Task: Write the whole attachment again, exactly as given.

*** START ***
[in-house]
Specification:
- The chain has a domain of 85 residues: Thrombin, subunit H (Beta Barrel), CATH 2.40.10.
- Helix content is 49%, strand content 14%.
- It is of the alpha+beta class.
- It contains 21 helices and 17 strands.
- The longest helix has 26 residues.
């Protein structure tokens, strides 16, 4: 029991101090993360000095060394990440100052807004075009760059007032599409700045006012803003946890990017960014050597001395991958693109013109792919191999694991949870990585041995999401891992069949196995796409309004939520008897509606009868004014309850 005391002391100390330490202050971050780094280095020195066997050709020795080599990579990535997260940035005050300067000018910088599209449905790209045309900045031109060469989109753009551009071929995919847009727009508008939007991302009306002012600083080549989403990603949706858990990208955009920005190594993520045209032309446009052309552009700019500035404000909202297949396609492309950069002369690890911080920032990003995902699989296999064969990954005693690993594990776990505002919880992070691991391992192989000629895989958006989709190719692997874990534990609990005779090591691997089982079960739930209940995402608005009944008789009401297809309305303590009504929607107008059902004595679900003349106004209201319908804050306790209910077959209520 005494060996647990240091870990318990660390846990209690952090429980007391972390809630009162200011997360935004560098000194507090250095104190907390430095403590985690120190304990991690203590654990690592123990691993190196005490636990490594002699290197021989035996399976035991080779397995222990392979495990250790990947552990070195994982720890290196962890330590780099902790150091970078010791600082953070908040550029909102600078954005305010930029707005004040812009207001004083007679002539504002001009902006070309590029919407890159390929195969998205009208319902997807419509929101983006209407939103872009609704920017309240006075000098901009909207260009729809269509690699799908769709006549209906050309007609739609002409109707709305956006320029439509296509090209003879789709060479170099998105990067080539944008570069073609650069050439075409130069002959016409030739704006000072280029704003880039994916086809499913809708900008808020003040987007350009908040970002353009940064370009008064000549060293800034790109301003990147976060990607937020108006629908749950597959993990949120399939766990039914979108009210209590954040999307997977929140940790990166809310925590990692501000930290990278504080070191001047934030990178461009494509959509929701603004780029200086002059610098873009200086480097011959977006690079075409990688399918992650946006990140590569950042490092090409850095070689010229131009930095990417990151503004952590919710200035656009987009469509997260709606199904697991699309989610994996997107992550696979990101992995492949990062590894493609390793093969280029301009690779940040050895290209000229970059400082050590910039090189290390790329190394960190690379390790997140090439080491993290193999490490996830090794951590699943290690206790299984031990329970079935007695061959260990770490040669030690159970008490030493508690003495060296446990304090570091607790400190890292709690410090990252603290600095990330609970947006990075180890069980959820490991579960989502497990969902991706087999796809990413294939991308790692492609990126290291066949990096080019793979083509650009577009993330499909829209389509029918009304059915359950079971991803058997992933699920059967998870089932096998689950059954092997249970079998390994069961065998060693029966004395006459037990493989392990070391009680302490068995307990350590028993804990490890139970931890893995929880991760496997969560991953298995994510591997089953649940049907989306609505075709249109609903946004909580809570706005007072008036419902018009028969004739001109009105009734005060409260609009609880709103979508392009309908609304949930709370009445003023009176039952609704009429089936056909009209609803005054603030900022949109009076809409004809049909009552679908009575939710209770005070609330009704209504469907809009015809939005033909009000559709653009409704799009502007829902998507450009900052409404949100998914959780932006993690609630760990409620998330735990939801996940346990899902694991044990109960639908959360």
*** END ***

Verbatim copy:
[in-house]
Specification:
- The chain has a domain of 85 residues: Thrombin, subunit H (Beta Barrel), CATH 2.40.10.
- Helix content is 49%, strand content 14%.
- It is of the alpha+beta class.
- It contains 21 helices and 17 strands.
- The longest helix has 26 residues.
């Protein structure tokens, strides 16, 4: 029991101090993360000095060394990440100052807004075009760059007032599409700045006012803003946890990017960014050597001395991958693109013109792919191999694991949870990585041995999401891992069949196995796409309004939520008897509606009868004014309850 005391002391100390330490202050971050780094280095020195066997050709020795080599990579990535997260940035005050300067000018910088599209449905790209045309900045031109060469989109753009551009071929995919847009727009508008939007991302009306002012600083080549989403990603949706858990990208955009920005190594993520045209032309446009052309552009700019500035404000909202297949396609492309950069002369690890911080920032990003995902699989296999064969990954005693690993594990776990505002919880992070691991391992192989000629895989958006989709190719692997874990534990609990005779090591691997089982079960739930209940995402608005009944008789009401297809309305303590009504929607107008059902004595679900003349106004209201319908804050306790209910077959209520 005494060996647990240091870990318990660390846990209690952090429980007391972390809630009162200011997360935004560098000194507090250095104190907390430095403590985690120190304990991690203590654990690592123990691993190196005490636990490594002699290197021989035996399976035991080779397995222990392979495990250790990947552990070195994982720890290196962890330590780099902790150091970078010791600082953070908040550029909102600078954005305010930029707005004040812009207001004083007679002539504002001009902006070309590029919407890159390929195969998205009208319902997807419509929101983006209407939103872009609704920017309240006075000098901009909207260009729809269509690699799908769709006549209906050309007609739609002409109707709305956006320029439509296509090209003879789709060479170099998105990067080539944008570069073609650069050439075409130069002959016409030739704006000072280029704003880039994916086809499913809708900008808020003040987007350009908040970002353009940064370009008064000549060293800034790109301003990147976060990607937020108006629908749950597959993990949120399939766990039914979108009210209590954040999307997977929140940790990166809310925590990692501000930290990278504080070191001047934030990178461009494509959509929701603004780029200086002059610098873009200086480097011959977006690079075409990688399918992650946006990140590569950042490092090409850095070689010229131009930095990417990151503004952590919710200035656009987009469509997260709606199904697991699309989610994996997107992550696979990101992995492949990062590894493609390793093969280029301009690779940040050895290209000229970059400082050590910039090189290390790329190394960190690379390790997140090439080491993290193999490490996830090794951590699943290690206790299984031990329970079935007695061959260990770490040669030690159970008490030493508690003495060296446990304090570091607790400190890292709690410090990252603290600095990330609970947006990075180890069980959820490991579960989502497990969902991706087999796809990413294939991308790692492609990126290291066949990096080019793979083509650009577009993330499909829209389509029918009304059915359950079971991803058997992933699920059967998870089932096998689950059954092997249970079998390994069961065998060693029966004395006459037990493989392990070391009680302490068995307990350590028993804990490890139970931890893995929880991760496997969560991953298995994510591997089953649940049907989306609505075709249109609903946004909580809570706005007072008036419902018009028969004739001109009105009734005060409260609009609880709103979508392009309908609304949930709370009445003023009176039952609704009429089936056909009209609803005054603030900022949109009076809409004809049909009552679908009575939710209770005070609330009704209504469907809009015809939005033909009000559709653009409704799009502007829902998507450009900052409404949100998914959780932006993690609630760990409620998330735990939801996940346990899902694991044990109960639908959360």